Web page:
Play the Long Game with Russia

St. Basil’s in Moscow from a distance. Flickr/Creative Commons/David Dennis

America can’t give Putin opportunities to grow the specter of war.

Editor’s Note: The following is part of a multi-part symposium commissioned by the National Interest and Carnegie Corporation of New York. We asked some of the world’s leading experts about the future of U.S.-Russia relations under President-elect Donald Trump. You can find all of their answers here.

The United States must sustain strategic patience in relations with Russia. We cannot, nor should we attempt to, force a change in Russia’s foreign-policy behavior or its domestic institutions. This means avoiding responding to provocative language, but seeking opportunities for specific cooperation where possible. For the most part, this is the policy that the Obama administration has pursued, and we should continue it.

The United States must explicitly and repeatedly declare that it does not seek “regime change” in Russia, and insist that Russia is deliberately creating a straw-man argument when it claims that we are doing so. Rather, we should explicitly endorse evolutionary change that brings about greater transparency and accountability in Russia. For example, we should explicitly support the regime’s avowed goal—pursued more in the breach than in fact—to diversify and upgrade the economy. A healthy Russian economy enjoying solid trade relations abroad benefits both Russia and the rest of the world.

Rhetoric matters, but it has to be backed up consistently with actual behavior. Gratuitous gestures, such as Assistant Secretary of State Victoria Nuland’s December 2013 visit to the Maidan rally, are foolish: they reinforce the paranoia of the Putin team while failing to bring about constructive change.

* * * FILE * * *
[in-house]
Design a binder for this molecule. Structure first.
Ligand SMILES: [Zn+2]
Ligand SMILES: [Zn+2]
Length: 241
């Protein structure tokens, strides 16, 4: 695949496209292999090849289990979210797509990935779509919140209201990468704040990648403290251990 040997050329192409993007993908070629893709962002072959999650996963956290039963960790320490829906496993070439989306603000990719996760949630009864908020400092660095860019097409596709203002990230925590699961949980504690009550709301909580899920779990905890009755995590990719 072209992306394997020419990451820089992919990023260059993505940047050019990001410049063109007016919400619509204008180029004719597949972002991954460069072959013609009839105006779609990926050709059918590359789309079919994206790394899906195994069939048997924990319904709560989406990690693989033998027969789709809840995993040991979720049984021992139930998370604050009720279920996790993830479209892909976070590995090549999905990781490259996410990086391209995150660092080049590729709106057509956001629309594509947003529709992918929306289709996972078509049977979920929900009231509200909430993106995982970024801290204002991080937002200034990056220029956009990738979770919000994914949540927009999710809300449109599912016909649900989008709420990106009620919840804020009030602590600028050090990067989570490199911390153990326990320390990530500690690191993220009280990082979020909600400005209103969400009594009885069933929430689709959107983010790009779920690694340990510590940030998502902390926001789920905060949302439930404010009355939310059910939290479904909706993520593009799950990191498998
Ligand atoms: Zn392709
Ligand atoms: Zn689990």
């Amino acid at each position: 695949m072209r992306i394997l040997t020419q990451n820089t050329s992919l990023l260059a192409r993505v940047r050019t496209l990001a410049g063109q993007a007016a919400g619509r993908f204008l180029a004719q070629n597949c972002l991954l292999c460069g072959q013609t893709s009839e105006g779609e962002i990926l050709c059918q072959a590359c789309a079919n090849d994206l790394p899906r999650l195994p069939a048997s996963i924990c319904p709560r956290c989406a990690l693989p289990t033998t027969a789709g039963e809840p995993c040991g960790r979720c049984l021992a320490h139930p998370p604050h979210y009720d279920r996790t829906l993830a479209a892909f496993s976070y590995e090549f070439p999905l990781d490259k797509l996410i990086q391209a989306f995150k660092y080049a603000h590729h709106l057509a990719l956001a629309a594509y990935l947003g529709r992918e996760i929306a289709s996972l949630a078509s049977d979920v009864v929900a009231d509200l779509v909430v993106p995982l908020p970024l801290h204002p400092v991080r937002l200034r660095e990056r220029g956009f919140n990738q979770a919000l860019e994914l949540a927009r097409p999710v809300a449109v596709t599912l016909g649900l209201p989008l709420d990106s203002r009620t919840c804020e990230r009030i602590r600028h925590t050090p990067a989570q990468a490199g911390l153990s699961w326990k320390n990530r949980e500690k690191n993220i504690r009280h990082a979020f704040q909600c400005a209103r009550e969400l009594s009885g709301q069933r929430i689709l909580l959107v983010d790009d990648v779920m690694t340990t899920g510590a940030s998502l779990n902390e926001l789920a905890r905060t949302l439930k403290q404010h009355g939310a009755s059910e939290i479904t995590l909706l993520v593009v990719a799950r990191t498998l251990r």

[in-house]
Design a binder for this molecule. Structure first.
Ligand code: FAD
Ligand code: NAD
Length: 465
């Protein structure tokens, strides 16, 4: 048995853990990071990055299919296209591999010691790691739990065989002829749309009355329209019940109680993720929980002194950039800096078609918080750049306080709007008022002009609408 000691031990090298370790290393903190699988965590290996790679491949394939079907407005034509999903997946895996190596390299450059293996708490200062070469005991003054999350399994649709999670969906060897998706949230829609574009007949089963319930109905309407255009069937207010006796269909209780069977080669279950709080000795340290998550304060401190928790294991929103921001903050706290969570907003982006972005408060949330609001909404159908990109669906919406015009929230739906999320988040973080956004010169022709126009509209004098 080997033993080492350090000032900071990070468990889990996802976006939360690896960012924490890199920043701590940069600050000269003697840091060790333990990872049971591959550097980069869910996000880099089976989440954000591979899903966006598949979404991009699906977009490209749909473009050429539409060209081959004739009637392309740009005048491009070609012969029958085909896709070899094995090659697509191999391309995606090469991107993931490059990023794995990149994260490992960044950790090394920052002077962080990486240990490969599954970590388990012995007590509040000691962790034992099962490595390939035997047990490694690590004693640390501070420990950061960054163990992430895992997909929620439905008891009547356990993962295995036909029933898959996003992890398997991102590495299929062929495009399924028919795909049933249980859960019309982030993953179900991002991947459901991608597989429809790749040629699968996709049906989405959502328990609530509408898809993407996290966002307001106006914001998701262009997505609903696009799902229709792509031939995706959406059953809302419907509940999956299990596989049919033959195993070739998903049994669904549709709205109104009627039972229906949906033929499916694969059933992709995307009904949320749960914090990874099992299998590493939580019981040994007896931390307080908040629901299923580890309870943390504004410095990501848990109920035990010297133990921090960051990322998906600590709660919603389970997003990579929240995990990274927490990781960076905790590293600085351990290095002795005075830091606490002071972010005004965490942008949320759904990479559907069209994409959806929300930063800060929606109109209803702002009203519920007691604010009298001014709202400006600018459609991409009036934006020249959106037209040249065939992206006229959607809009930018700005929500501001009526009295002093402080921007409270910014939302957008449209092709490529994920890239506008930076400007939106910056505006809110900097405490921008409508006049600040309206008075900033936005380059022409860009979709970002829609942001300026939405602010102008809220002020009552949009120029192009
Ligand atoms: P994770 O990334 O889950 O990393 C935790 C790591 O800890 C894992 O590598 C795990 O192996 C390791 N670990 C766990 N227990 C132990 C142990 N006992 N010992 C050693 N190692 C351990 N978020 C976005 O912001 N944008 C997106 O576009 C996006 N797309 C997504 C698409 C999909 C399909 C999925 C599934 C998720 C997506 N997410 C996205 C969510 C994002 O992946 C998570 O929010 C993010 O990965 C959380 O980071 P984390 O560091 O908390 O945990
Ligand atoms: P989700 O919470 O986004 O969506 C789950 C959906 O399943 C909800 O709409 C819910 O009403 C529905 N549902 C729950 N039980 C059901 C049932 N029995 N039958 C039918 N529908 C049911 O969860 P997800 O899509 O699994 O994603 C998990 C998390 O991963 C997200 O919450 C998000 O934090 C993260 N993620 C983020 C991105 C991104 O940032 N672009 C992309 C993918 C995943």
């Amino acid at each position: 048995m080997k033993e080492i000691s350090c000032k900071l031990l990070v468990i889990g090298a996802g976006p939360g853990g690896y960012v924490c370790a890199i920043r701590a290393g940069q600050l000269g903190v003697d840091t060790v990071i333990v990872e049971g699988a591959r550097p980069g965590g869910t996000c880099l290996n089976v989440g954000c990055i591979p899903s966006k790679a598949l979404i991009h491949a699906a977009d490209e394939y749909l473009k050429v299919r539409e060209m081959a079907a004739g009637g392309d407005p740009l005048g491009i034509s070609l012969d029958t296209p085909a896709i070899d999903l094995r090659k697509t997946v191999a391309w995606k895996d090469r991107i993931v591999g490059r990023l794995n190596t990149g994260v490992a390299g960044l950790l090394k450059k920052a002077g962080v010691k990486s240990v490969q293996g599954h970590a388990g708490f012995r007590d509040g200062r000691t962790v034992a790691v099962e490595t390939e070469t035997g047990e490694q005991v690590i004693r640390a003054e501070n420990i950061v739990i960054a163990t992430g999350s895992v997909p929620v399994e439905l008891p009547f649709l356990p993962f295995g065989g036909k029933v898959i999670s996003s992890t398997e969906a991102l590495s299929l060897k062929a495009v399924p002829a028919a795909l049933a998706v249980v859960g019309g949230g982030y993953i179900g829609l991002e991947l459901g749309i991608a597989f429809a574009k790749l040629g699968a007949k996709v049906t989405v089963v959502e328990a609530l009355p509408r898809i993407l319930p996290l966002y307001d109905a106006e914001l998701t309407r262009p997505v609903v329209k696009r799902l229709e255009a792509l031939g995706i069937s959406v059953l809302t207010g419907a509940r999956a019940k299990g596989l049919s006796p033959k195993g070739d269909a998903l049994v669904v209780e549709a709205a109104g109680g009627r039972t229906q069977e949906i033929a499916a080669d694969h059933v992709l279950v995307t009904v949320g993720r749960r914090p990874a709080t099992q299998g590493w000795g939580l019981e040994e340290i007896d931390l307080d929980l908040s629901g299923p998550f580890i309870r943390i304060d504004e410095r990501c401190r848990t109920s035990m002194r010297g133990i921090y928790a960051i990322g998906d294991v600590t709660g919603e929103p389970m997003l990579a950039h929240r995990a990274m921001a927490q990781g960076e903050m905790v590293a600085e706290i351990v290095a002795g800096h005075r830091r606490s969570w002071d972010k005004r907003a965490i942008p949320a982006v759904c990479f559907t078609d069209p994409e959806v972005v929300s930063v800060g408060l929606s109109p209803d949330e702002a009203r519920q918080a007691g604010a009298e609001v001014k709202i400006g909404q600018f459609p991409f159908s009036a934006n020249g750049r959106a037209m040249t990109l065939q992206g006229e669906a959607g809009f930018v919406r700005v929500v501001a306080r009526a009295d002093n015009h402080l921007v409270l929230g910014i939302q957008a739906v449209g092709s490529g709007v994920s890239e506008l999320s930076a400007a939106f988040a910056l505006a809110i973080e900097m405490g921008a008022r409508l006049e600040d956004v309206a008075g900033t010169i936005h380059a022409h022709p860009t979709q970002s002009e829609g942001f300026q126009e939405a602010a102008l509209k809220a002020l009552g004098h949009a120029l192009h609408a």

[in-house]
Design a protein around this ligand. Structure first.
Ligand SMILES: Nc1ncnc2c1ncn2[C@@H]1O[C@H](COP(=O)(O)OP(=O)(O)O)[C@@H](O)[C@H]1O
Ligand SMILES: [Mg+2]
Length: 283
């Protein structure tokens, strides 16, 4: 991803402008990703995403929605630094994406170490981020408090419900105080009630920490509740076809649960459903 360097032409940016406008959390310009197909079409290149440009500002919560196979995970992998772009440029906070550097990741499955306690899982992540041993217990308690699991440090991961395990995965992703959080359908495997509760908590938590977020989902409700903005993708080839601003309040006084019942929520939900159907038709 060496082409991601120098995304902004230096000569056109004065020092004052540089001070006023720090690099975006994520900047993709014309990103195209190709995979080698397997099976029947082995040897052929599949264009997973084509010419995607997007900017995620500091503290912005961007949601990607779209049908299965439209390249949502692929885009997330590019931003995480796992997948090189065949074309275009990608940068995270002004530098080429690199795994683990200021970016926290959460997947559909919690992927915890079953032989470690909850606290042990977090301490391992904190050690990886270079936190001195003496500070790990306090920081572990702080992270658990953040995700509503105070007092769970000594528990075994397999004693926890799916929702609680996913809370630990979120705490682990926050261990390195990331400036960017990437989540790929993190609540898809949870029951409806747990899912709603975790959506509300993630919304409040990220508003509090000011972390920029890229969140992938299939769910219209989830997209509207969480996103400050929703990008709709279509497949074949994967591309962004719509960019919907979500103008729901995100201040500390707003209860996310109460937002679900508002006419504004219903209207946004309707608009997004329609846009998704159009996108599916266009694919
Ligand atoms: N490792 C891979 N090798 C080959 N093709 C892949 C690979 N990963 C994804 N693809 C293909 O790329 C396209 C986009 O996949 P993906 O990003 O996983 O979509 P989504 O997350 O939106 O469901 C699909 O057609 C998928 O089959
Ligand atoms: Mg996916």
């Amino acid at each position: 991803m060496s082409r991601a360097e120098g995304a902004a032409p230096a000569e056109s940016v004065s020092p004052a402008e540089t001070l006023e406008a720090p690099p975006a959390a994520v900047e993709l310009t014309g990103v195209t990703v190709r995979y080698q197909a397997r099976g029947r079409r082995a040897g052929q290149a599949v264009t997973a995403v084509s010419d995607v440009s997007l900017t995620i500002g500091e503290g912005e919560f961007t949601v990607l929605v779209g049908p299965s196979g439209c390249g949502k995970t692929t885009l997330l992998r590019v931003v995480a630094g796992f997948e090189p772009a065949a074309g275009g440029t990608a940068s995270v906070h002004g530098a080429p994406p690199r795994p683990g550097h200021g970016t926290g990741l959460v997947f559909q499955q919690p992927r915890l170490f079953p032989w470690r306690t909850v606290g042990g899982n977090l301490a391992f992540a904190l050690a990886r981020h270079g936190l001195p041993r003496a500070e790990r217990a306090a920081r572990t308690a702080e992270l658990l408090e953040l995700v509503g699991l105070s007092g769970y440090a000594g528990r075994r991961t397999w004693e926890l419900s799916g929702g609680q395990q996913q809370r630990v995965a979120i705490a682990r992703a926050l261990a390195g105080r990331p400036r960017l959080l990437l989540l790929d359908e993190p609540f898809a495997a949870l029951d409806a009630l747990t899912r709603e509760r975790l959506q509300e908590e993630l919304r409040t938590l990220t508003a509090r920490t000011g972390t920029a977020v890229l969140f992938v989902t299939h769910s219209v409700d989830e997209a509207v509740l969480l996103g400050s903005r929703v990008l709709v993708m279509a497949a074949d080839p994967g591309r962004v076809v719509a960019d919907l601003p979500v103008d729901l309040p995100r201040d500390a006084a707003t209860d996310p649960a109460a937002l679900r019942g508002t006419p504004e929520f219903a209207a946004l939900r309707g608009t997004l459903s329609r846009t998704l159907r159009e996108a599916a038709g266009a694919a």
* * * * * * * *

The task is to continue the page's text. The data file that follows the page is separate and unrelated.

More generally, the next U.S. administration must shift its ideological focus from supporting “color revolutions” around the world—which in recent times have never resulted in democracy—and instead promote good governance as our primary aspiration. We should say that we want to see effective, honest and accountable governments that serve the interests of their peoples and enable countries to cooperate internationally to solve urgent global tasks. Above all, these include reversing the practices that are accelerating climate change. Another global challenge is economic inequality, which is rising to extreme levels in the United States, Russia, China and many other countries. Deepening inequality is undermining our countries’ ability to cooperate in addressing global challenges such as climate change. We need to press the agenda of common global problems.

While U.S. rhetoric and actions need to be consistent, the United States must recognize that Putin has increasingly staked the legitimacy of his regime on a hysterical anti-U.S. propaganda campaign. He is trying to foster a wartime atmosphere, and we should do nothing to give him opportunities to further this line. It is not in our power to force Putin to reverse course, but we should look for opportunities to deny him cheap public-relations victories. We should continue to point out that his posture is not benefiting Russia’s international positions, nor its economic well-being. And we must state again and again that we want Russia to be strong and prosperous, a source of stability in its neighborhood.

George Kennan’s advice in the X memo, to the effect that we must take the long-term view because the regime will decay from within, has once again become relevant, and for the same reasons. Putin’s regime needs an external enemy for political reasons. It will profit from this strategy so long as it can maintain the illusion that it is a true superpower that, for that very fact, the United States is determined to weaken and ultimately overthrow.

Thomas F. Remington is the Goodrich C. White Professor of Political Science at Emory College.

Image: St. Basil’s in Moscow from a distance. Flickr/Creative Commons/David Dennis